Public evening lecture by Professor Dr. Anja Klöckner (University of Frankfurt, Institute for Archaeological Sciences)
as part of the international symposium "Rethinking the living environment: approaches and concepts for the reconstruction of ancient living environments from Augustan times to late antiquity"
Roman domestic culture was characterized by an enormous wealth of ornamentation and imagery. Rooms were decorated with sculptures, floors with mosaics, walls with paintings and furniture with depictions of all kinds. This is particularly tangible for us in Pompeii and the other settlements buried by Vesuvius. The paintings in the houses of the Vesuvius towns referenced the lives of their inhabitants and at the same time discursivized contemporary norms and values. Above all, however, they visually shaped cultural, social and religious places of action and thus created specific living environments. The lecture will use significant examples to show how the furnishings of houses and rooms created semantically charged ambiences and shaped the perception of the people who lived in them. One focus will be on images from the area of cult and ritual, which have rarely been discussed in this context to date.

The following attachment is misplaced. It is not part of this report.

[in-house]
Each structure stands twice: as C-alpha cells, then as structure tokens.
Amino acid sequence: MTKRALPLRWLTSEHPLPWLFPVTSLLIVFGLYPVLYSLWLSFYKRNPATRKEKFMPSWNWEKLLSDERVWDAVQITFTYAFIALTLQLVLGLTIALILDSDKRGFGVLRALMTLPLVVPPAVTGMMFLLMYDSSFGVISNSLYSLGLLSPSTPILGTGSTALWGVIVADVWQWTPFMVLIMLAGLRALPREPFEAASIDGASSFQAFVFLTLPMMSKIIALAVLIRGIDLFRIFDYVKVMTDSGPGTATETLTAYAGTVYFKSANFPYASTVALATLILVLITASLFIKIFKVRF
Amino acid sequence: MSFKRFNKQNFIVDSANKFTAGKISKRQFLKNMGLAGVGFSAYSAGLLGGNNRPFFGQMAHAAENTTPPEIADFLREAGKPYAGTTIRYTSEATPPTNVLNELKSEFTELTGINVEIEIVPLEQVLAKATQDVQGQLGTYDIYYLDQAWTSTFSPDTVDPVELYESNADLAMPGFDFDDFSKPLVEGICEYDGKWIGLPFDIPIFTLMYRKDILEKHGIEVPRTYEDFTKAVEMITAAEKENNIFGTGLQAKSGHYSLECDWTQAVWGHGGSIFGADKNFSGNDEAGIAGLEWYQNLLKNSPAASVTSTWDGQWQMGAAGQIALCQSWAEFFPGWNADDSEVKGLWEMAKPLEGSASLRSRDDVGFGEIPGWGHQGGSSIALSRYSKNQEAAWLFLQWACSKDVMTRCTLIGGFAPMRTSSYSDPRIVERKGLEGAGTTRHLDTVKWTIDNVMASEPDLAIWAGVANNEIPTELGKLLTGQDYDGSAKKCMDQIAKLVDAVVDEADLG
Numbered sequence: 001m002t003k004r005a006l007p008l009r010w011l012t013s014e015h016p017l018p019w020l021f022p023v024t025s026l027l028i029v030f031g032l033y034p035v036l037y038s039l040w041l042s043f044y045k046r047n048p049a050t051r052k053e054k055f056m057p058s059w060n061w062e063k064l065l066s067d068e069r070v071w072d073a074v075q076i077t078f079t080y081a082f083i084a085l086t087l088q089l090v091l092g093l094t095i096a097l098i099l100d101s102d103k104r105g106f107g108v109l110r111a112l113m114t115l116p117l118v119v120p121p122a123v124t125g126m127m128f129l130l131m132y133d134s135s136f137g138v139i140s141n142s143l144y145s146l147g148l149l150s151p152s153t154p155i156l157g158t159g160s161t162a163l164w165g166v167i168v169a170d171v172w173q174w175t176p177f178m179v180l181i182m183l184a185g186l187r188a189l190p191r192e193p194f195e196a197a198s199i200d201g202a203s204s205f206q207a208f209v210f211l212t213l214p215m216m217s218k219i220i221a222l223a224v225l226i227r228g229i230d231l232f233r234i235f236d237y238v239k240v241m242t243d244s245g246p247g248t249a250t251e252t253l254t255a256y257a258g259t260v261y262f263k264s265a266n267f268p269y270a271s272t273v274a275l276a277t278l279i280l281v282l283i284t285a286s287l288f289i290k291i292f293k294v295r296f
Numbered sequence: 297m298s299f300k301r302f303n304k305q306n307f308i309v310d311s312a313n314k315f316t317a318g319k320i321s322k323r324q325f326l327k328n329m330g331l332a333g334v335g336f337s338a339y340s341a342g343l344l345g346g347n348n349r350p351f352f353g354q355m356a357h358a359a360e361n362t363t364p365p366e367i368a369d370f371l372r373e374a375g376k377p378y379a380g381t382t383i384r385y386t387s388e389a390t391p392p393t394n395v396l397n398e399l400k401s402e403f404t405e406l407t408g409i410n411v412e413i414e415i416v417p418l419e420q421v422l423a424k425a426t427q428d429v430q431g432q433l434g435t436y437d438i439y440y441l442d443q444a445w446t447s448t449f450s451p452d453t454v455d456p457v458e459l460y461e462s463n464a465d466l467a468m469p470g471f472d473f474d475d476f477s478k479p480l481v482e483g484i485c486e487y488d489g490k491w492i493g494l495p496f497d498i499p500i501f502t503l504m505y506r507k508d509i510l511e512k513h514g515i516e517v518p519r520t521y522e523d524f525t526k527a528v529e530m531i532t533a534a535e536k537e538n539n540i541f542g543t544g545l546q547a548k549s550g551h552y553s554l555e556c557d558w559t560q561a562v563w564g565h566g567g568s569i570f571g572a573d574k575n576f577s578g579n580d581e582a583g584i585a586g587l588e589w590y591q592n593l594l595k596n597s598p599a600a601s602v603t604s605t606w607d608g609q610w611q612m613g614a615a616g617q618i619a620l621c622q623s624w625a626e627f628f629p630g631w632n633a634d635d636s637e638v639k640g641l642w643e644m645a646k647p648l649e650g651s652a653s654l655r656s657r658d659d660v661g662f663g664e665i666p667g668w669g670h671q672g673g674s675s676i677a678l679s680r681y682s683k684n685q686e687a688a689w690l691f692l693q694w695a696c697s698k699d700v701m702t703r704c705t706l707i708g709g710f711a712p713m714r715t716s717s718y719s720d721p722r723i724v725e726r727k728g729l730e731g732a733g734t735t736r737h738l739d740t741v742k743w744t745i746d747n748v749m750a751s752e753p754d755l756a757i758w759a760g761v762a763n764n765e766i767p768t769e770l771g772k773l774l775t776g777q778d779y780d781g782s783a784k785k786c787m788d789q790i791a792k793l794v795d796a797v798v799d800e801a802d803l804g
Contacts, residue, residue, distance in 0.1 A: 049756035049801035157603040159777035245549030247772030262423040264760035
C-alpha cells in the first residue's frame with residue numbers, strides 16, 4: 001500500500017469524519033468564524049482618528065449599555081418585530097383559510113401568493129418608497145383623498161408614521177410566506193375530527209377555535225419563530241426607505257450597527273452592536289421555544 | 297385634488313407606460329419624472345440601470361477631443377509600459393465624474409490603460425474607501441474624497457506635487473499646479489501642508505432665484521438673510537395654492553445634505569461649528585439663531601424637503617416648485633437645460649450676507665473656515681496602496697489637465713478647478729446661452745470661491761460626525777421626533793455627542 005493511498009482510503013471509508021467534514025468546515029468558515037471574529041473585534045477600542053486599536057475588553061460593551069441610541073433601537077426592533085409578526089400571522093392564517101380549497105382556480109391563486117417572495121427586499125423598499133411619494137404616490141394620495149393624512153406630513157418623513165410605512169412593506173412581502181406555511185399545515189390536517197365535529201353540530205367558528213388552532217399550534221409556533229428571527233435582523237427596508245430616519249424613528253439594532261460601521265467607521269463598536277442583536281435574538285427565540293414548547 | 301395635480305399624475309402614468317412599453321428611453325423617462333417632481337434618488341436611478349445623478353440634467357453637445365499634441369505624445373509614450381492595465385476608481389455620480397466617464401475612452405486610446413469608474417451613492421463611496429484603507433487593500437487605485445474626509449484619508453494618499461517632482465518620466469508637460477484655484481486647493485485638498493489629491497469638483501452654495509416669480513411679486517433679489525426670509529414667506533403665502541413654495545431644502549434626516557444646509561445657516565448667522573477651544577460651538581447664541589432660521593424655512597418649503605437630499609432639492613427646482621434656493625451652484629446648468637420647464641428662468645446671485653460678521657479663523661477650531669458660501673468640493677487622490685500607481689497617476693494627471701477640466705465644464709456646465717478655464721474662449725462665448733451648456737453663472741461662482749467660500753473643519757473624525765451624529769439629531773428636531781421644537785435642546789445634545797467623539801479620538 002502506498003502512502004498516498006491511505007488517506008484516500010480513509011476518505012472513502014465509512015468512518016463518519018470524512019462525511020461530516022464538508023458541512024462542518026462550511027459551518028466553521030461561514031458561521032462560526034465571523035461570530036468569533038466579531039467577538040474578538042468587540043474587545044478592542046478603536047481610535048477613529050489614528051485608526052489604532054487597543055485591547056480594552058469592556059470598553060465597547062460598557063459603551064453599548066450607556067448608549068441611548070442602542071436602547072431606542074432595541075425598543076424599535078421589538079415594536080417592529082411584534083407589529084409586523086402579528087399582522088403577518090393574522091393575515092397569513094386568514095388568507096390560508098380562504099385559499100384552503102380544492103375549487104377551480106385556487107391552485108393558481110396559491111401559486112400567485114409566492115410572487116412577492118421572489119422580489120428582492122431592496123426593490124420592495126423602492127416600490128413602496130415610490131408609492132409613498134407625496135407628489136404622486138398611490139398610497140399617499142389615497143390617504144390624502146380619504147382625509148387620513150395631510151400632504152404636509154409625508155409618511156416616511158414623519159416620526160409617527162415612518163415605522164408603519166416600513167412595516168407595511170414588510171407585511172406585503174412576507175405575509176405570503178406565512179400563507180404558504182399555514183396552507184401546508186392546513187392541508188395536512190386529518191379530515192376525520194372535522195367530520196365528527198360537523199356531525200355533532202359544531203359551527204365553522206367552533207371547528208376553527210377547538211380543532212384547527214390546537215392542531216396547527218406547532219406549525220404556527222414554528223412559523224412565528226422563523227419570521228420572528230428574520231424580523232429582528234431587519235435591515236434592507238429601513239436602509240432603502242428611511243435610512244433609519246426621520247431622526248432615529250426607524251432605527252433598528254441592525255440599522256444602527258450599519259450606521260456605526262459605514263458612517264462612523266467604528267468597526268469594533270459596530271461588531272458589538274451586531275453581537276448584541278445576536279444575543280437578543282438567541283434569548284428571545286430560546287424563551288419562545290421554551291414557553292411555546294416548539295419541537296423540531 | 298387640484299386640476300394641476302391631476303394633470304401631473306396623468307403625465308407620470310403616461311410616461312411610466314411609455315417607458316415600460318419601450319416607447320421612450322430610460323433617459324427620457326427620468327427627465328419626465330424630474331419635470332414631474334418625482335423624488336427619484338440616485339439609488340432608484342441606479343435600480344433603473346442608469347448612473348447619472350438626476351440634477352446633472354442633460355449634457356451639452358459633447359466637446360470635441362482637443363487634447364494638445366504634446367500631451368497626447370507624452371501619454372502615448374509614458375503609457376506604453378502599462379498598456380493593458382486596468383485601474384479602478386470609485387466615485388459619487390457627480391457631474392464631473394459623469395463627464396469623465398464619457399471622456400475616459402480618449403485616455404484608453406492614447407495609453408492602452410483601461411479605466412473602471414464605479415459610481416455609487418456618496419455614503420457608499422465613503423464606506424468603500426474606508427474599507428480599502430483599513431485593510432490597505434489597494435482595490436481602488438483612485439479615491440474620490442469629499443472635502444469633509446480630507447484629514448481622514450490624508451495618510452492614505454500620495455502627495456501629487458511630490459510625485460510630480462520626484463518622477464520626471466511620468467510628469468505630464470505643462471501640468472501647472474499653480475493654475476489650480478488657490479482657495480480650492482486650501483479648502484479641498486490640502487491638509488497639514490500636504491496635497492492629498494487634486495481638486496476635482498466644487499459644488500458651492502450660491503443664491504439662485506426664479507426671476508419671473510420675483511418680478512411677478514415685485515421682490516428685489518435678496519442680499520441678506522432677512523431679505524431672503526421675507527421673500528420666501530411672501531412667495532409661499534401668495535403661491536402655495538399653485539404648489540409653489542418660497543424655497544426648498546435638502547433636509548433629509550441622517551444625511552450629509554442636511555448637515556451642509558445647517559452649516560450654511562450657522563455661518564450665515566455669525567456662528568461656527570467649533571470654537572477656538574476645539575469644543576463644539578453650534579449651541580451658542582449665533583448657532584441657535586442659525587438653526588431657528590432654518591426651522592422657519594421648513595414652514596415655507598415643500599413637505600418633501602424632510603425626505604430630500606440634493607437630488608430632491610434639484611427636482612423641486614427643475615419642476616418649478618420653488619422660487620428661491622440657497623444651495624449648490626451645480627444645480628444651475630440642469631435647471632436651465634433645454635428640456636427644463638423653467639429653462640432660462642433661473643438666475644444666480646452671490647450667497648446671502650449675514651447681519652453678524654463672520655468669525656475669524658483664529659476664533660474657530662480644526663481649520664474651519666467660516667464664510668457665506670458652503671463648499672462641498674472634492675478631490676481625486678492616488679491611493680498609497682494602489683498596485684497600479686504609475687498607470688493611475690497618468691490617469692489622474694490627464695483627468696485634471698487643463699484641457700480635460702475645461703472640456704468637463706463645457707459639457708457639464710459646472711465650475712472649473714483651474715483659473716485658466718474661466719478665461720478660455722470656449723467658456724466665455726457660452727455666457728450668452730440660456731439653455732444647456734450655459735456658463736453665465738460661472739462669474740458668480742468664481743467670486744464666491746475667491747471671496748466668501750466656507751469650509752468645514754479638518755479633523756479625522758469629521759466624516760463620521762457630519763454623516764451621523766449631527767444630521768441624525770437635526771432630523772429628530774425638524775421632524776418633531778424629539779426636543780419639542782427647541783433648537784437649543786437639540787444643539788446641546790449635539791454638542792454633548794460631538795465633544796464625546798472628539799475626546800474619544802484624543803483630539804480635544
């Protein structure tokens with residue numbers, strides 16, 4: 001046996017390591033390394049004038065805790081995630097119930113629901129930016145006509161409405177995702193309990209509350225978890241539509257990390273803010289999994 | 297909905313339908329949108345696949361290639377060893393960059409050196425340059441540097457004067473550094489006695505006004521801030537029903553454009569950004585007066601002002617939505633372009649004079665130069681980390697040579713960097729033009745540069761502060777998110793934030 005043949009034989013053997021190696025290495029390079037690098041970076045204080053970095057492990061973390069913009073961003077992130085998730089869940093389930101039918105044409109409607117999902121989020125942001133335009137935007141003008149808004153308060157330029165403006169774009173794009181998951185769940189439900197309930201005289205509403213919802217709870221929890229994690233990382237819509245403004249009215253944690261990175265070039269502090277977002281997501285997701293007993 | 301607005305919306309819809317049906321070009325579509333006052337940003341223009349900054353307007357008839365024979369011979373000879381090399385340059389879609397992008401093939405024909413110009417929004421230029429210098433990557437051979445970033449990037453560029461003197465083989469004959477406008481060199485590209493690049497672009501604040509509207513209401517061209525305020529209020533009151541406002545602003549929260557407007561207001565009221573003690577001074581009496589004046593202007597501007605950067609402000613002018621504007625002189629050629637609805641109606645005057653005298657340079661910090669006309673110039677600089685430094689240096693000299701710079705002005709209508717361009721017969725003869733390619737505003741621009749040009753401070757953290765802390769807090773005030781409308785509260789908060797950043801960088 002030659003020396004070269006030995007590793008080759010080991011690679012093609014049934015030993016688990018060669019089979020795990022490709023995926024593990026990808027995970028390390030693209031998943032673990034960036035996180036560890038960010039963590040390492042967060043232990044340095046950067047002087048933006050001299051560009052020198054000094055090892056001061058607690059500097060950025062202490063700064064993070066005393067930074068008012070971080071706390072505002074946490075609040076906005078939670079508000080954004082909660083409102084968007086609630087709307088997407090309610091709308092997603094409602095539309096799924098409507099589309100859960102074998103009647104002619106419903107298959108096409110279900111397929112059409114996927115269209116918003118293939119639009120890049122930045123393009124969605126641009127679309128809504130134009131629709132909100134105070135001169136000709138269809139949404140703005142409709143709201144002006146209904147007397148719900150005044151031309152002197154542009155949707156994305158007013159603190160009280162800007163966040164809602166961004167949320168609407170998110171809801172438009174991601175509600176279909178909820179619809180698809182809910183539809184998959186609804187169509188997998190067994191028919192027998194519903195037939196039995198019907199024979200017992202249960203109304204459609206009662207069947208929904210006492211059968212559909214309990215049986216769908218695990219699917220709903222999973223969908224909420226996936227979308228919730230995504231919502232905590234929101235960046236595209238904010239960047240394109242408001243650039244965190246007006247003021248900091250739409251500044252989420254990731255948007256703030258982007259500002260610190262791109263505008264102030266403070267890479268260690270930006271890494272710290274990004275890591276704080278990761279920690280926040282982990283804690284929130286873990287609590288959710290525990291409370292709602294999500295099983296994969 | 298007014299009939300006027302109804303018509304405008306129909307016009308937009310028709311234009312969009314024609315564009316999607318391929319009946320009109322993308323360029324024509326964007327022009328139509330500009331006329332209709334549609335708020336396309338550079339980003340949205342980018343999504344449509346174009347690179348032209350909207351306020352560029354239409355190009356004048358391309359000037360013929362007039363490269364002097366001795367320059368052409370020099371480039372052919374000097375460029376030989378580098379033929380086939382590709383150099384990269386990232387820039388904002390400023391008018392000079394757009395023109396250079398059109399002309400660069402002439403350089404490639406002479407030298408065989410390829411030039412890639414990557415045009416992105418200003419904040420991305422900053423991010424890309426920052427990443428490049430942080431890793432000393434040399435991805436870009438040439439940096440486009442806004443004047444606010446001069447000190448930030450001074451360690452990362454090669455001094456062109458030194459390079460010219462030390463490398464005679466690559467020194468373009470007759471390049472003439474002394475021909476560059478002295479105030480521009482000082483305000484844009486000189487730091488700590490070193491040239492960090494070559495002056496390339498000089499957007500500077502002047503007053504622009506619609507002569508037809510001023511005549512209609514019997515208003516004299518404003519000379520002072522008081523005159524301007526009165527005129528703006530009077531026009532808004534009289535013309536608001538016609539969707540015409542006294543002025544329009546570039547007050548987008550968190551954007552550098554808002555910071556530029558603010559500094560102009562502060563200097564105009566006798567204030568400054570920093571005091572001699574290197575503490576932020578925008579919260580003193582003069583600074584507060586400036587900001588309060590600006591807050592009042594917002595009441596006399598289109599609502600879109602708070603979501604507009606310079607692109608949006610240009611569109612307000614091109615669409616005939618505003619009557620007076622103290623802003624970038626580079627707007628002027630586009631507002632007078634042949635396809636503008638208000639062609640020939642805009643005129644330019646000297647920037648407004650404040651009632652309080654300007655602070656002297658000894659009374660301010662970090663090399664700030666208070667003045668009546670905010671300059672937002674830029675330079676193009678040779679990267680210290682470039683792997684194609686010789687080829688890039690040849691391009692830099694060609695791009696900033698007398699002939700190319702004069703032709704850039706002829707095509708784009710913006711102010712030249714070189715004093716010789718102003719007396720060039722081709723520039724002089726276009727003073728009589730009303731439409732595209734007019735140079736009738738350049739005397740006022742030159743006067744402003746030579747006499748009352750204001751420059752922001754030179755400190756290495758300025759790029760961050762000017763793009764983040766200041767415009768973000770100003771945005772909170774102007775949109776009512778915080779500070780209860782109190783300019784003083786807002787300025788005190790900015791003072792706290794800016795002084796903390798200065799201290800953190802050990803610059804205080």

Anja Klöckner studied Classical Archaeology, Latin and Greek Studies in Bonn and Munich. She received her doctorate in Bonn in 1994. She was an assistant in Saarbrücken and a scholarship holder at the DAI Athens. Her habilitation in 2004 was followed by a professorship in Greifswald and a visiting scholarship at the Getty Institute in Los Angeles. In 2007, she became Professor of Classical Archaeology at Justus Liebig University Giessen before accepting an appointment at Goethe University Frankfurt in 2016. In the 2019/20 academic year, she conducted research as a senior fellow at the Alfried Krupp Wissenschaftskolleg Greifswald.
Moderation: Dr. Philipp Pilhofer (Rostock)